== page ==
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# Cooling a liquid in a rigid container (constant volume)

## Cooling a liquid in a rigid container (constant volume)

(OP)

Dear forum,

This question is on the relationship between temperature and pressure in a fixed volume in the context of a sub-sea oil well.

The wellhead is 2,000m below sea level, ambient (external) temperature is 4 deg C.

The reservoir is a further 1,000m below the wellhead, reservoir temperature is 40 deg C.

When the well is put on production, gas flows up from the reservoir to the wellhead through 7" production tubing which is housed concentrically in a 13-5/8" tubing. The annulus between the two pipes is isolated at the reservoir end has a valve at the wellhead end.

Before the well was put on production, the annulus was filled with a NaCl Brine (1.02 SG). At this point, the pressure at the wellhead and the reservoir can easily be determined by calculating the hydro static head of fluid. The valve is closed and the well starts to flow. As the well flows, the annulus heats up which will cause the pressure to increase. Some volume is bled off by opening and closing the valve to reduce the pressure at the wellhead back down to the pre-production value (essentially brine hydrostatic). Next the well is shut down and the annulus cools.

When it cools back down to ambient, what will happen to the pressure in the annulus at both the wellhead and reservoir? I can get to the annulus temperature profile, how much the pressure increases and how much volume is bled off but where I become stuck is what happens on cooling and the annulus is no longer full.

How might I calculate the wellhead and reservoir pressures at the shut down condition?

Best regards - Simon

### RE: Cooling a liquid in a rigid container (constant volume)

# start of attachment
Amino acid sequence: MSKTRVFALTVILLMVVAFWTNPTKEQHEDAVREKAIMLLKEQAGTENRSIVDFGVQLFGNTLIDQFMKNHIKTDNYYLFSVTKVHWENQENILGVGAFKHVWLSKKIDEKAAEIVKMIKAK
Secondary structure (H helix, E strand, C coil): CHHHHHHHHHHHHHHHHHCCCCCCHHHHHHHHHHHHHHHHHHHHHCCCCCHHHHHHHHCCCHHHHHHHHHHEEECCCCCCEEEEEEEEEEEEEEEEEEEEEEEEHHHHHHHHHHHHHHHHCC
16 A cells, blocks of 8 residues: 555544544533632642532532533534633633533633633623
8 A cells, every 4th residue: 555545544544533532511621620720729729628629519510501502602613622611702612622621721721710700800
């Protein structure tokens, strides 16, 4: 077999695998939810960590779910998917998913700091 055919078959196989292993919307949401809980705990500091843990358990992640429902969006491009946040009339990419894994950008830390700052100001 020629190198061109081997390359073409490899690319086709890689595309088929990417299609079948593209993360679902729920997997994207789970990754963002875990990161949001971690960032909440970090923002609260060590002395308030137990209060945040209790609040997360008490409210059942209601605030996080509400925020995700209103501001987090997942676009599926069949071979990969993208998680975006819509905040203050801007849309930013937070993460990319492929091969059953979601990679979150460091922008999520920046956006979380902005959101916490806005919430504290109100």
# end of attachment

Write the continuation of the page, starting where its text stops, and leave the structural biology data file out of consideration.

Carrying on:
This is a very complex problem and impossible to solve analytically without a lot of information.

If it is unsafe to simply allow the system to cool and measure the final pressure, I suggest you use the data you have, to establish the relationship between pressure and volume and extrapolate eg:

- Each time you release liquid during the heating process you get a corresponding pressure reduction. Each of these events will give you a p/v slope (delta p/delta v). Probably not worth correcting for the change in density of released water with temperature - 36* is not a huge temperature change. It would help if you have data for both small and large releases. This will help establish the linearity (or otherwise) of the relationship.

- The P-V relationship during cooling will initially have the same slope as a small release. It may even be "close enough" to assume a linear relationship to extrapolate out to the total delta V (the total volume released during heating). Remember that the final pressure will not go much below 1 kPa abs because even at 4*C the water will start to flash at about 0.8 kPa (7.4 kPa @ 40*C)

je suis charlie

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